A safari is one of the most amazing memories to share with children. The excitement of bouncing around on a game drive or stopping to get close to a dazzle of zebra is simply magic for kids. Madikwe Game Reserve in South Africa is a family-friendly park that offers the opportunity to give your children that experience, while allowing for adults-only time as well. Here's a great way to do an African safari with kids.
Madikwe has an excellent selection of all the
major animals you would expect to see on an African safari. Lions, elephants,
zebra, buffalo and giraffe are plentiful – in fact the numbers are so large the
park would prefer to reduce some of the species if they could.
Their real specialty is the wild dog which is one of the most endangered animals in South Africa. These playful packs are easily spotted and can even be seen around the perimeters of some of the lodges.
You cannot self-drive around Madikwe – all tourists must be accompanied by a guide. Unfortunately many lodges will not take young children on game drives either, so you need to be selective about your accommodation.
However the benefit is that the park is strictly controlled. Guides use a radio system to “queue” for the rare animals which means when it’s your turn you will have a lovely intimate experience with the lions or the cheetah rather than being surrounded by hundreds of other tourists.
This also makes for a pleasant communal atmosphere around the park. Guides will always stop their vehicles to exchange pleasantries with each other and the guests which is much friendlier than the competitive vibe you can get in other game parks.
Madikwe is malaria-free – an important consideration for families with young kids or potential pregnancies.
Jaci’s Safari Lodge caters especially to parents with young children. They will organise a personal babysitter for your family who arrives in the morning (pre-dawn) when the kids are still sleeping so you can go on game drive. When you return the children are already dressed and breakfasted. In the afternoon she returns to entertain, feed, bathe and put the kids back to bed again so you can have a sunset safari and a leisurely dinner.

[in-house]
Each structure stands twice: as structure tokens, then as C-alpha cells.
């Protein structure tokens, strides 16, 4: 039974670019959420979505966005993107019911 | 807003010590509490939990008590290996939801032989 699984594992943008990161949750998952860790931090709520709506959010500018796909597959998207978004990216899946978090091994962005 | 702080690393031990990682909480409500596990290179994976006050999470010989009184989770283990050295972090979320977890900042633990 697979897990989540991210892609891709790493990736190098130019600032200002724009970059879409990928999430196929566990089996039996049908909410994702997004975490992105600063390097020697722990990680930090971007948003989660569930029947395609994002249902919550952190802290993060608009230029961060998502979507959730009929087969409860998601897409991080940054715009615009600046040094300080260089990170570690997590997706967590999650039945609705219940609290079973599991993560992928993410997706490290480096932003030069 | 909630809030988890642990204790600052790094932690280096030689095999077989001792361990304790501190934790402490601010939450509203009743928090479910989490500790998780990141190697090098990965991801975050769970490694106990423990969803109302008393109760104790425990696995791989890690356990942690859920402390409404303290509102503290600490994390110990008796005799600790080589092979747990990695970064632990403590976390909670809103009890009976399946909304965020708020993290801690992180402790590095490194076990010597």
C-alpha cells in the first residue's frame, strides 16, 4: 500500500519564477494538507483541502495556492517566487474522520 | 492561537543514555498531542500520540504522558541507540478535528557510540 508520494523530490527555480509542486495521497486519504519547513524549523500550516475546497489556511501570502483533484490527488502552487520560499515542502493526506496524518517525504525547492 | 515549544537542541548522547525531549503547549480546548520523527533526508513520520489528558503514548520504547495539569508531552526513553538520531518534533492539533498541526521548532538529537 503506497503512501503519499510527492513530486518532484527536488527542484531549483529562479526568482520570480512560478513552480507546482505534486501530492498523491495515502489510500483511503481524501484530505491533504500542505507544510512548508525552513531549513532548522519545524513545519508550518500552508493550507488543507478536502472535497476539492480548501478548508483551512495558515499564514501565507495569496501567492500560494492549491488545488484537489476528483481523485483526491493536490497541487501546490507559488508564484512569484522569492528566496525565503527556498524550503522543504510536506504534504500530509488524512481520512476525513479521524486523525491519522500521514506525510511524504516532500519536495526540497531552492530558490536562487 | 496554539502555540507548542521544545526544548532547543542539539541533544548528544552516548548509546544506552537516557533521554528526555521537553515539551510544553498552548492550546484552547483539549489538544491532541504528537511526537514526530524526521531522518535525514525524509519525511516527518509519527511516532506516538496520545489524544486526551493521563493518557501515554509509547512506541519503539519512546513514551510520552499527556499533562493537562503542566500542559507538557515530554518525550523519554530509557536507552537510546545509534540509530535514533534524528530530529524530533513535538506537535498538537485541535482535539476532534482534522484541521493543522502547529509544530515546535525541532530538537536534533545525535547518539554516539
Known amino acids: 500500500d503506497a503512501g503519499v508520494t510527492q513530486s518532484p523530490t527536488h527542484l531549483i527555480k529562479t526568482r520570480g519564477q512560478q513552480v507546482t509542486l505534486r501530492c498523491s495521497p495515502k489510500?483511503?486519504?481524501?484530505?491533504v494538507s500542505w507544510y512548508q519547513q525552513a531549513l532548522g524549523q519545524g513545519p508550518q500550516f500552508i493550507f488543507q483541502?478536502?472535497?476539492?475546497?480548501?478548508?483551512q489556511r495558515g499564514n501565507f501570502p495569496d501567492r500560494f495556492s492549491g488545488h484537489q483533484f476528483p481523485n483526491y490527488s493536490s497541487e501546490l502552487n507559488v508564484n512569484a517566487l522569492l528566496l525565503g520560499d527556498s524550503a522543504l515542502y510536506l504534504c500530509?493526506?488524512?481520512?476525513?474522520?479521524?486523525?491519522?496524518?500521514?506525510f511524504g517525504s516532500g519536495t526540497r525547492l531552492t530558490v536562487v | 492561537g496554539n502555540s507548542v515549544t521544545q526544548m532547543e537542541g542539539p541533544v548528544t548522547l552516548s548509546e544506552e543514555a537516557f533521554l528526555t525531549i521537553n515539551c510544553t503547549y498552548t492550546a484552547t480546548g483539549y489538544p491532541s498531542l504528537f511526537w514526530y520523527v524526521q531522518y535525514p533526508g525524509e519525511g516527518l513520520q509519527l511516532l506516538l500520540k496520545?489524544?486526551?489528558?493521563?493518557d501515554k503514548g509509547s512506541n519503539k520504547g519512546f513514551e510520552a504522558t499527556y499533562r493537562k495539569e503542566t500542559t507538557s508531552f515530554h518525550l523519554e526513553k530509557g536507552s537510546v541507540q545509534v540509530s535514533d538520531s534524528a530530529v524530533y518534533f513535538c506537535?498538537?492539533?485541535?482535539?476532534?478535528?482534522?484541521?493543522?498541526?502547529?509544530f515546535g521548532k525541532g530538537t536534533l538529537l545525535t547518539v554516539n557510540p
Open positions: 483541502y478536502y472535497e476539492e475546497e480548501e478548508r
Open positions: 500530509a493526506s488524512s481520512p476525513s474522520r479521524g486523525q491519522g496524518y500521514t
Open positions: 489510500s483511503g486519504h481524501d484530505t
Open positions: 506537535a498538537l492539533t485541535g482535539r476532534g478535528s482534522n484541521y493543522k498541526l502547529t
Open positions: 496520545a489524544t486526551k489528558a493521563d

The lodge has a strict policy of no very young children (under 5) on adult game drives which means you get some adult time every day and you won’t be bothered by other people’s noisy or annoying kids. As compensation, in the mornings there is a special kids’ “bumble” which is shorter and specifically for families.
If you insist on having your small kids on the longer adults drives, you can hire your own private vehicle and guide to accommodate this.
The lodge has two pools and a children’s playroom as well as a watering hole and hide in its sister property (a short 10 minute walk away) where elephants, wildebeest, hyena and wild dogs can be easily seen. Within the lodge grounds there are also several animals to be spotted including large water monitors and bush buck. Even from bed sometimes you can spot herds of elephants walking not far from the rooms.
The general timetable of a safari is ideal for young children. At Jaci’s the vehicles set out before sunrise and return at breakfast, then again at late afternoon to return for dinner. This leaves the bulk of the day for going back to bed or relaxing by the pool.
However, it’s important to remember that game drives require patience and the ability to sit still – which is where the Jaci’s bumbles are so useful as the drives are limited to under an hour.
If you are considering taking kids on the longer adult drives, keep in mind there can be long periods driving around in the vehicle where there are no animal sightings at all (and you absolutely cannot leave the car) and to get up close to large animals such as lions requires the discipline to be quiet on command. Plus there are never any toilet stops. It’s worth considering your children’s temperaments and discussing this with them before signing up for a safari.
Guided tours tend to run through any weather (bar heavy rain) so you need to be equipped with all the requisite clothing, sun (and rain) protection and snacks. Some tour vehicles are open topped which means there is no shade or protection from the elements. Even in a covered, air-conditioned car it can get surprisingly hot and children can be susceptible to sunstroke and dehydration.
Water may not be safe to drink in the game park areas but check with your accommodation. To be completely sure, only use bottled water for drinking and be wary of children drinking water in the shower or the bath.
For a travel agency that can recommend other family-friendly African safari options, read the suitcases&strollers story here.